Figure 2: In-sample return predictability. The figure depicts the results of the in-sample market excess return predictability analysis for horizons from 1 to 12 months. Panels A and B show the adjusted R2 and the regressors' t-statistics for univariate regressions of (2), respectively. Panel C shows the univariate R2s corrected for the autocorrelation of the regressors. Finally, Panel D reports the t-statistic for the implied correlation in multivariate regressions. The standard errors are corrected for autocorrelation using Newey and West (1987), with the red dotted lines indicating 1:96 bounds around zero.

Figure 2: In-sample return predictability. The figure depicts the results of the in-sample market excess return predictability analysis for horizons from 1 to 12 months. Panels A and B show the adjusted R2 and the regressors‘ t-statistics for univariate regressions of (2), respectively. Panel C shows the univariate R2s corrected for the autocorrelation of the regressors. Finally, Panel D reports the t-statistic for the implied correlation in multivariate regressions. The standard errors are corrected for autocorrelation using Newey and West (1987), with the red dotted lines indicating 1:96 bounds around zero.

Economic Rationale for Predictability Results

We then provide a conceptual framework for interpreting the documented return predictability by implied correlation. Using a stylized model for individual stock returns, we study the determinants of the average expected correlation and illustrate its relation to idiosyncratic risk and the cross-sectional dispersion in systematic risk. Variations in the expected correlation can be summarized in terms of (1) the amount of aggregate risk, (2) the amount of idiosyncratic risk, and (3) the cross-sectional dispersion in systematic risk. Intuitively, an increase in aggregate risk implies stronger comovement among the individual stocks, because it strengthens the importance of aggregate shocks. Conversely, when idiosyncratic risk increases, the expected correlation declines, because stock-specific shocks are, to a larger extent, responsible for fluctuations in individual stock returns. Finally, we show that the expected correlation falls as the cross-sectional dispersion in systematic risk rises. We then empirically study the relation between the implied correlation and measures of the amount of future idiosyncratic risk and the future cross-sectional dispersion in systematic risk. Consistent with our stylized framework, we find that the implied correlation negatively predicts future idiosyncratic volatility and the future cross-sectional dispersion in market betas. Importantly, the empirical evidence indicates that these predictions are distinctly different from those of the implied (semi)variances.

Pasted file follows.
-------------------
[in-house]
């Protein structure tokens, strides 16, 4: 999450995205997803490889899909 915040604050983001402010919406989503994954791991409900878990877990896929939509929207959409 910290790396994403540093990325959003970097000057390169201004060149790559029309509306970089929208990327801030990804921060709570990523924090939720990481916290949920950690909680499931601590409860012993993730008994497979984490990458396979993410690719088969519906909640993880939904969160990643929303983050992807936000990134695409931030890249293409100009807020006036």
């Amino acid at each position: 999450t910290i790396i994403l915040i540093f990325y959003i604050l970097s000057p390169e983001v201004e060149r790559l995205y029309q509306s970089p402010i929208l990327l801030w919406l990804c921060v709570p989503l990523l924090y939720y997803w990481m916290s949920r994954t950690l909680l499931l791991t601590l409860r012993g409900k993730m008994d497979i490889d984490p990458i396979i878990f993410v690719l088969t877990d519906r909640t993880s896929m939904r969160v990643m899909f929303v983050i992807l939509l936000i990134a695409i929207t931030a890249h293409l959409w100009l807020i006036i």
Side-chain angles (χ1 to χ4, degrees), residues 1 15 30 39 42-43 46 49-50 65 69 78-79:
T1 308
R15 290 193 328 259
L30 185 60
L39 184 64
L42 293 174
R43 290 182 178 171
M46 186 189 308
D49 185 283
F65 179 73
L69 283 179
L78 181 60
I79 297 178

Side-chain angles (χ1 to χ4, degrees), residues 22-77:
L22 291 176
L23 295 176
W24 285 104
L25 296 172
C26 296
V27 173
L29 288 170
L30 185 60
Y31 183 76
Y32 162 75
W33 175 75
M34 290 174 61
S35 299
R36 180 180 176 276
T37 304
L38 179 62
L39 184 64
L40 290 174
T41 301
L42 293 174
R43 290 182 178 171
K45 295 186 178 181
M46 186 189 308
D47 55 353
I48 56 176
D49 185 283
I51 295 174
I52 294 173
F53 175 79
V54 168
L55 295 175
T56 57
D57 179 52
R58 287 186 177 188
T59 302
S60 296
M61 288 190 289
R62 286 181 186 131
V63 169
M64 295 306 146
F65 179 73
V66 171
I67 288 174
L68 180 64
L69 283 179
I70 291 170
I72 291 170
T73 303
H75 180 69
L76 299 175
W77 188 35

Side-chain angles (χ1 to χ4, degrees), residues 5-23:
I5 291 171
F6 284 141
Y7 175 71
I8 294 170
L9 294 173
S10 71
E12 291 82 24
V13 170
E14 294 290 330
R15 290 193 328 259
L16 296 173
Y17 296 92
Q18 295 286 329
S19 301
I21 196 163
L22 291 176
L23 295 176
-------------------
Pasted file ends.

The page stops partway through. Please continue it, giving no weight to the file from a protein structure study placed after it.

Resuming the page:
Out-of-sample Market Return Predictability

Lastly, we study out-of-sample return predictability. The implied correlation, the down- side semivariance risk premium, and the correlation risk premium show similar out-of-sample predictability for short horizons of up to one quarter, but only the implied correlation can predict future market excess returns at longer horizons of up to 1 year. However, we also find that traditional out-of-sample regression techniques cannot fully exploit the predictive power of many variables, because they require a long historical estimation window for the regression coefficients. For example, in our applications, the out-of-sample predictability evaporates when the estimation window is shortened to 5 years or less. In lieu of this evidence, we propose a novel out-of-sample predictability approach that extends the contemporaneous-beta approach (see, e.g., Cutler, Poterba, and Summers (1989) and Roll (1988)). This approach combines high- frequency increments in option-implied variables with the variables’ risk premiums to predict future market excess returns. For predictions based on correlation and downside semivariance risk, the approach leads to out-of-sample R2s of around 8% for horizons of 3 to 6 months and of about 7% for 12 months. Consistent with our initial motivation, we link the better performance of our new approach to its stable and up-to-date regression coefficients.

Figure 5: Out-of-sample return predictability. This figure shows the out-of-sample R2 from (8) for various model specifications, forecasting horizons, and predictability approaches. The results depicted in Panels A and B are based on the traditional approach with a 10-year estimation window. The results shown in Panels C and D are based on the traditional approach with a 3-year estimation window. Finally, the results in Panels E and F are based on the contemporaneous-beta approach with a 3-year estimation window. The left panels show the statistics for the univariate specifications, and the right panels show the statistics for the multivariate ones. In all cases, predictions are made at a monthly frequency. 28

Figure 5: Out-of-sample return predictability. This figure shows the out-of-sample R2 from (8) for various model specifications, forecasting horizons, and predictability approaches. The results depicted in Panels A and B are based on the traditional approach with a 10-year estimation window. The results shown in Panels C and D are based on the traditional approach with a 3-year estimation window. Finally, the results in Panels E and F are based on the contemporaneous-beta approach with a 3-year estimation window. The left panels show the statistics for the univariate specfications, and the right panels show the statistics for the multivariate ones. In all cases, predictions are made at a monthly frequency.

You can read the whole paper here.